Equally interesting was how the newspapers handled the subject of death as it pertained to animals. For instance, this book includes the near drowning of a pig, the drowning of a dog, and information pertaining to the drowning of camels. The fact that these events got news space at all is revealing.
While my book might indeed offer some insight on how death was handled at the turn of the 20th century, Lesy’s Wisconsin Death Trip offers an even clearer picture. Case and point: his book includes several of Van Schaick’s post-mortem photographs. To the modern viewer, the idea of posing a dead person (often a dead child) and photographing the body seems rather shocking. But during that time period, it was merely a way to preserve a tangible memory of the dead.
In both our books, it’s important to remember that context is key. What seems strange to the modern reader might have seemed perfectly normal to readers of the past.
- At what point in the process did you decide that the Charles Van Schaick photographs needed to be paired with the stories? What do you hope they add to what you’re trying to say about the malleability of “facts?”
Early in the research phase it was clear to me that a book of news reports on drownings would likely leave readers feeling unsatisfied. For me, the dispatches alone simply lacked texture. They didn’t really pass the “So what?” test.
When I paired the reports with Van Schaick’s work, the book really began to come together. As I mentioned previously, in many cases the photographs fit incredibly well with the drowning reports, by which I meant their physical characteristics synced. I’d look at a photo and know exactly which dispatch it should be paired with.
But the photographs are meant to do far more than simply bolster the book’s marketing potential. Rather, it’s an opportunity to explore the interplay between text and image. As I discuss in the Author’s Note, Wilson Hicks—the former picture editor for LIFE magazine—often spoke of his “principle of the third effect.” In sum, he argues that when we interpret an image, we can’t help but consider the images that come before and after. Thus, when we examine a text, we are examining it through a very particular lens. By including the images, I tried to propose a potential reading experience. But of course the author has no control over how a book is read once the book is out of his hands. Readers choose what they want to read and in what order. They choose what they want to see, too.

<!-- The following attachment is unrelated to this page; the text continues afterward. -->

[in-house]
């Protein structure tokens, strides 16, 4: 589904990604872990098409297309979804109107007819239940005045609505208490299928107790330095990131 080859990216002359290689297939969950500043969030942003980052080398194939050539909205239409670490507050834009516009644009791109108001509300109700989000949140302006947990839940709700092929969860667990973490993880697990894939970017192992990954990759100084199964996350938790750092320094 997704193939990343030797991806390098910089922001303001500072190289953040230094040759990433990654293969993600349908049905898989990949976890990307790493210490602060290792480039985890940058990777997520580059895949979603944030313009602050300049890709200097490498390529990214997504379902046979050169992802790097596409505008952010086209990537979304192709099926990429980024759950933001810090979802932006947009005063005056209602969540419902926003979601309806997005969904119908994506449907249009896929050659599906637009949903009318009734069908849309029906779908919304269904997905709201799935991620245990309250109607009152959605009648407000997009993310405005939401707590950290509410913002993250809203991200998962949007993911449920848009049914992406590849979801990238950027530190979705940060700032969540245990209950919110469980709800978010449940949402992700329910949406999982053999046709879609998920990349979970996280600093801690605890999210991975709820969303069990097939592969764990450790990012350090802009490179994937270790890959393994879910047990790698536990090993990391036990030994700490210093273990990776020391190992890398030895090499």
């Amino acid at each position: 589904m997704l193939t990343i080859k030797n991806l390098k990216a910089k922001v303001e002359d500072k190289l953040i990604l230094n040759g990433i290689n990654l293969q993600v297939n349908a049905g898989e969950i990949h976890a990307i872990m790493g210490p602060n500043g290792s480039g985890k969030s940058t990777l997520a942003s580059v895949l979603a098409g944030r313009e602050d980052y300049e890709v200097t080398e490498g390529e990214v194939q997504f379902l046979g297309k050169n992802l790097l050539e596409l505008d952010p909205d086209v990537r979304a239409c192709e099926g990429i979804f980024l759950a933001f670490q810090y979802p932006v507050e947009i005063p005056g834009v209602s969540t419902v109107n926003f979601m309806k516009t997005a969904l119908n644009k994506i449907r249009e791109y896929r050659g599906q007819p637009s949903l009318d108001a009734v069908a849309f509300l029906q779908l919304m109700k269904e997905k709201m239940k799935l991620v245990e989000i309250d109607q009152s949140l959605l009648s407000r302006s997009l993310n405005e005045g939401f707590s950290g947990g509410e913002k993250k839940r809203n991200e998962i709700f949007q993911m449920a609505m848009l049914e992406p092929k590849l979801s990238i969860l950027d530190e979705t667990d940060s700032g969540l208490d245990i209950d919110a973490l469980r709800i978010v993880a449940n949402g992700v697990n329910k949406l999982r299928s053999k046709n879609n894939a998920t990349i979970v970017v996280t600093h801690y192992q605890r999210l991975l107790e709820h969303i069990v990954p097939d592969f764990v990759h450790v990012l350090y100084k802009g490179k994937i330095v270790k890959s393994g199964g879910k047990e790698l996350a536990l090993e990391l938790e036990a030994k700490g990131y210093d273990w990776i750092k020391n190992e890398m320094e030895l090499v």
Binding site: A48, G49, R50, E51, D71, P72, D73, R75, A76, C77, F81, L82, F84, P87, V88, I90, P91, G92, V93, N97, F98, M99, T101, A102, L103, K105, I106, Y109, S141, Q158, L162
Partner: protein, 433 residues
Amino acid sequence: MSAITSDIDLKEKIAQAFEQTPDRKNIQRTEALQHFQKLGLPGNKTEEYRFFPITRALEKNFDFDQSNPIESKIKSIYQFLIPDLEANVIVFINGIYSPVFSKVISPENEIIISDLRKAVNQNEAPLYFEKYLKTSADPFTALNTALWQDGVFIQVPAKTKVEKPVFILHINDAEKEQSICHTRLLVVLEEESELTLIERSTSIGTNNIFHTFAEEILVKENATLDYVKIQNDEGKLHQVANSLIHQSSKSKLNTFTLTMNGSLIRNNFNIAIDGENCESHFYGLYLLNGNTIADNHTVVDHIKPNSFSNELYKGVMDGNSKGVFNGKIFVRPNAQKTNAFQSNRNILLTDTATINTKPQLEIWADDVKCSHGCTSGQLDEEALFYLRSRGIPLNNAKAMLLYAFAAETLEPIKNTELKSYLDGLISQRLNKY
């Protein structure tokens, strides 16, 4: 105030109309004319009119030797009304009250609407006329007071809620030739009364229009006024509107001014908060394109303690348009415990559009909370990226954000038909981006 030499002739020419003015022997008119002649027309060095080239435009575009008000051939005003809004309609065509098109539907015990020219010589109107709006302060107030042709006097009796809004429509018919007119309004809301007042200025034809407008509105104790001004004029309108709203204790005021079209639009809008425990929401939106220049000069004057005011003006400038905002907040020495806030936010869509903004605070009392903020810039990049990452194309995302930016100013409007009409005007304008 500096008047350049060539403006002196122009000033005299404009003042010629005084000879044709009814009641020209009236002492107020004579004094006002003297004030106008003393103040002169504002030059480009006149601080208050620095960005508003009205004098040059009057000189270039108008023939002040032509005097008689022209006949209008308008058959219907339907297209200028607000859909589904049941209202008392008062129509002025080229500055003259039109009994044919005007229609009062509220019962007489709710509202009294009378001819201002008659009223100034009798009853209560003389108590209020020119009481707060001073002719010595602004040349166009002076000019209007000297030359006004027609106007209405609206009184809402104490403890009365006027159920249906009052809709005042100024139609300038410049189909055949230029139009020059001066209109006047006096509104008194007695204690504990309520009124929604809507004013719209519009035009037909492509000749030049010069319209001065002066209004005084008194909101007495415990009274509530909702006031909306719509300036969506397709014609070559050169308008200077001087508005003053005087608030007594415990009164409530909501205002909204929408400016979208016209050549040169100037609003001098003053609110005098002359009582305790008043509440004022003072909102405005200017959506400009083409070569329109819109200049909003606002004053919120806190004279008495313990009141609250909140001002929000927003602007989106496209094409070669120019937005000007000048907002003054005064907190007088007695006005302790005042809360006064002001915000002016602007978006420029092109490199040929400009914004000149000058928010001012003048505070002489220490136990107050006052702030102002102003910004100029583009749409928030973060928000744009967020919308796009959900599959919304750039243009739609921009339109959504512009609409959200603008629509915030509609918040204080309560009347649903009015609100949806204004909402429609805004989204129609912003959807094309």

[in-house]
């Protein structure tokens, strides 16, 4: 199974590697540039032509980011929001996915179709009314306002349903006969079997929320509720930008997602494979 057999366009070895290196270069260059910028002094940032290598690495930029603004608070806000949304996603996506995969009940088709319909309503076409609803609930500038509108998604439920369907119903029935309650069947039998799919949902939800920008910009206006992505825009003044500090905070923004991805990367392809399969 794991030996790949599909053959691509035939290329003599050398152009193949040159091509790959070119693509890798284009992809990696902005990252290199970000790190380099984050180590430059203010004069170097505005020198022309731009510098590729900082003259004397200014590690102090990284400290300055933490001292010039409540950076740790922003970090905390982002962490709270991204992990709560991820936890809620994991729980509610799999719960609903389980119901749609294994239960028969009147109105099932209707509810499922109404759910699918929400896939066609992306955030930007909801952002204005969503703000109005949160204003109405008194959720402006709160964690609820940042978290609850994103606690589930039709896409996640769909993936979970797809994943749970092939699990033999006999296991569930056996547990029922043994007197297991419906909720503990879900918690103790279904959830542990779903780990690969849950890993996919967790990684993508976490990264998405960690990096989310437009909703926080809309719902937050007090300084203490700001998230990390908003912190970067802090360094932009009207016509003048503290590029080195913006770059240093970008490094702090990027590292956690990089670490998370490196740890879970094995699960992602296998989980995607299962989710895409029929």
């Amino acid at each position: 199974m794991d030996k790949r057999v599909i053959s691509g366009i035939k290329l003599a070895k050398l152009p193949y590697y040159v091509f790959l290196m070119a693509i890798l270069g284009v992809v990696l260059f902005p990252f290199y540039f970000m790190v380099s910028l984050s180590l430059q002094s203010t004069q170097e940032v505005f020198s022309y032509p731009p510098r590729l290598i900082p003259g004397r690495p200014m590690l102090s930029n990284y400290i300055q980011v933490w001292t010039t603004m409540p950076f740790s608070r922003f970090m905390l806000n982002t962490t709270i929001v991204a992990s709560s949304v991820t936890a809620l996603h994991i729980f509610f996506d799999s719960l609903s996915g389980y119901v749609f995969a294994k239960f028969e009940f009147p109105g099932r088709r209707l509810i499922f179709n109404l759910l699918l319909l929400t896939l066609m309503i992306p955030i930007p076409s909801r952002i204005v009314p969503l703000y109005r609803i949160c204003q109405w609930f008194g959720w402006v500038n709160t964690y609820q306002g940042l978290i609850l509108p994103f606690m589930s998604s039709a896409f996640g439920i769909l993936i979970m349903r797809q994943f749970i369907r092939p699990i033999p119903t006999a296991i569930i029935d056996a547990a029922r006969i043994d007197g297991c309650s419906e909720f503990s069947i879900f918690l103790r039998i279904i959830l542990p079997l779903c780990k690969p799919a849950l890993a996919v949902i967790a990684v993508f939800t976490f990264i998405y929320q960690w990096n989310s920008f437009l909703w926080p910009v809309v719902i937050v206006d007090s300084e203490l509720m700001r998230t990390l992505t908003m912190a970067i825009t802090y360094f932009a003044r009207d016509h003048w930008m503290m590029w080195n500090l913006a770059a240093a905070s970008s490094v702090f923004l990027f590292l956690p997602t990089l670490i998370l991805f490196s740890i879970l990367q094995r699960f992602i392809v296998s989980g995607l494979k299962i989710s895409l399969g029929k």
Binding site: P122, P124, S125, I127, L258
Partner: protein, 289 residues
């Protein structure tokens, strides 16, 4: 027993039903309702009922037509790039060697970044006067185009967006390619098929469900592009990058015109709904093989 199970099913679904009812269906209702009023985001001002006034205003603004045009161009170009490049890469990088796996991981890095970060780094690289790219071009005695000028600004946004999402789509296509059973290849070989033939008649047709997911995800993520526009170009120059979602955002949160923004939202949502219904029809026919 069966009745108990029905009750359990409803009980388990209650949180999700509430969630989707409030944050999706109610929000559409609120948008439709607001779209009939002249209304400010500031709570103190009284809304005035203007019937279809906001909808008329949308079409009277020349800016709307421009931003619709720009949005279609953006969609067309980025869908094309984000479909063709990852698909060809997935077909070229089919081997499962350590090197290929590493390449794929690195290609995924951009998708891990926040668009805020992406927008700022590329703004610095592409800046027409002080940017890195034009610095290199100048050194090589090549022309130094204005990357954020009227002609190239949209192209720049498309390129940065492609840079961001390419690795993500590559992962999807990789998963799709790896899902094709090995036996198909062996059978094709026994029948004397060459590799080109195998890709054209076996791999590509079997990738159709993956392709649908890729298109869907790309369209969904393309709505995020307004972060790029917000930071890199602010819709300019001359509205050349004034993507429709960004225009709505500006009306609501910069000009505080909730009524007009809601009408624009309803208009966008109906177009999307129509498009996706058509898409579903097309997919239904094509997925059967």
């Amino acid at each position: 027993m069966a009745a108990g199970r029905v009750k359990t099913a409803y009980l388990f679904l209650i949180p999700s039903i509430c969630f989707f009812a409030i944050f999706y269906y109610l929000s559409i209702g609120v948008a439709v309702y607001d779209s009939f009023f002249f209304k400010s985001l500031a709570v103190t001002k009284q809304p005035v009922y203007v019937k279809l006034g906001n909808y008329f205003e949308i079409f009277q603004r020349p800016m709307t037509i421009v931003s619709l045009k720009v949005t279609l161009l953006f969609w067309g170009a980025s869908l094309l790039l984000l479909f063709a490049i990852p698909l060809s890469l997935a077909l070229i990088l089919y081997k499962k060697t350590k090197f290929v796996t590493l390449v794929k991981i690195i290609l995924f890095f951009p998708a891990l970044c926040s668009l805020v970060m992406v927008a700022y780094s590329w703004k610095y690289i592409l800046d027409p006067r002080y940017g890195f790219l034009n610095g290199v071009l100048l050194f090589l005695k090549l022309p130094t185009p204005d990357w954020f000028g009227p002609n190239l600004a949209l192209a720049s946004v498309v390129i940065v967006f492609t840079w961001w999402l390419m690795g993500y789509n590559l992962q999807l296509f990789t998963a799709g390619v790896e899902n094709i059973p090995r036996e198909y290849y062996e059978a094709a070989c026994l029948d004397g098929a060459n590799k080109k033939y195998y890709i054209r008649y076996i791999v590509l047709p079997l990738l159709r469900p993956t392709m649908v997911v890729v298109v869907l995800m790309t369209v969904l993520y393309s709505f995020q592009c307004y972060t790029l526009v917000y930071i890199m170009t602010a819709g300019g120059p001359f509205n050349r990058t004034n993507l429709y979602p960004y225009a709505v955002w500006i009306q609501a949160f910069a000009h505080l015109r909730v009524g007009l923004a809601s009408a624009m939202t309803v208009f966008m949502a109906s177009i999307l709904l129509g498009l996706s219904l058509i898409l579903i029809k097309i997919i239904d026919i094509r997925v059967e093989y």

- What, if anything, did writing this book teach you about workaday journalism that you hadn’t fully appreciated before?
Journalists have a tough gig, but I didn’t need to write this book to learn that. As a nonfiction writer, I, too, struggle with facts, though reporters, I think, are often held to a higher set of standards. This is not to say we should exclude nonfiction writers from the basic ethical rules of the genre; however, I think most nonfiction writers would concede that we have a bit more wiggle room. At the very least, our audiences are often different.
Over the past few years, I’ve grown increasingly concerned by the number of author’s notes at the start of memoirs that readily admit to “combining characters” and “altering timelines” allegedly “for the sake of the narrative.” I can’t imagine a journalist would ever dare try such a stunt. Now, before I’m bucked off my high horse, let me be clear: I, too, am meddling with facts. Guilty as charged. One difference, however, is that I’m not doing it in order to write a semi-true account which can then be marketed as a memoir. To this end, I never use disclaimers to try to make my books sexier. In fact, I’m not sure anyone would ever accuse this particular book of being too sexy. I mean we’re talking about drownings here. There are no love interests, no vampires, not even much of a narrative arc. Rather, I seek out truth where I can, even if the only truth I find has to do with our propensity to lie.
All of this is to say yes, it’s true—journalists have a tough gig. But I don’t think we need to stop the presses for that one.
- Finally, I’d love to hear a little bit about the processes of pitching this book to publishers and actually making it come into being. What were some of the reactions you got from presses?
Reactions from presses generally ranged from “We hate it!” to “We hate it a lot!”
I kid, of course, but you’re right to ask the question. After all, this is, indeed, an unconventional text. (Not to mention probably a marketing nightmare…). The trouble with this book is that it’s hard to boil down into an elevator pitch. It’s already taken me over 2000 words just to get us this far.
Surprisingly, when I reflect on my past publishing experiences, this one probably got picked up the easiest. I only sent it to two presses, and while I never heard back from one (I’m assuming they hated it a lot), the other—the University of New Mexico Press—accepted it soon after. In fact, the press’s director even called me on the phone to tell me how excited he was about the idea. I was so shocked that I nearly responded: “Are you sure you read the right proposal?” But I knew he had. After all, I’d pinpointed the University of New Mexico Press for one simple reason: in 1973 they’d been bold enough to publish Michael Lesy’s Wisconsin Death Trip.
They were willing to get weird once, I figured, and I hoped that meant that they were willing to get weird again.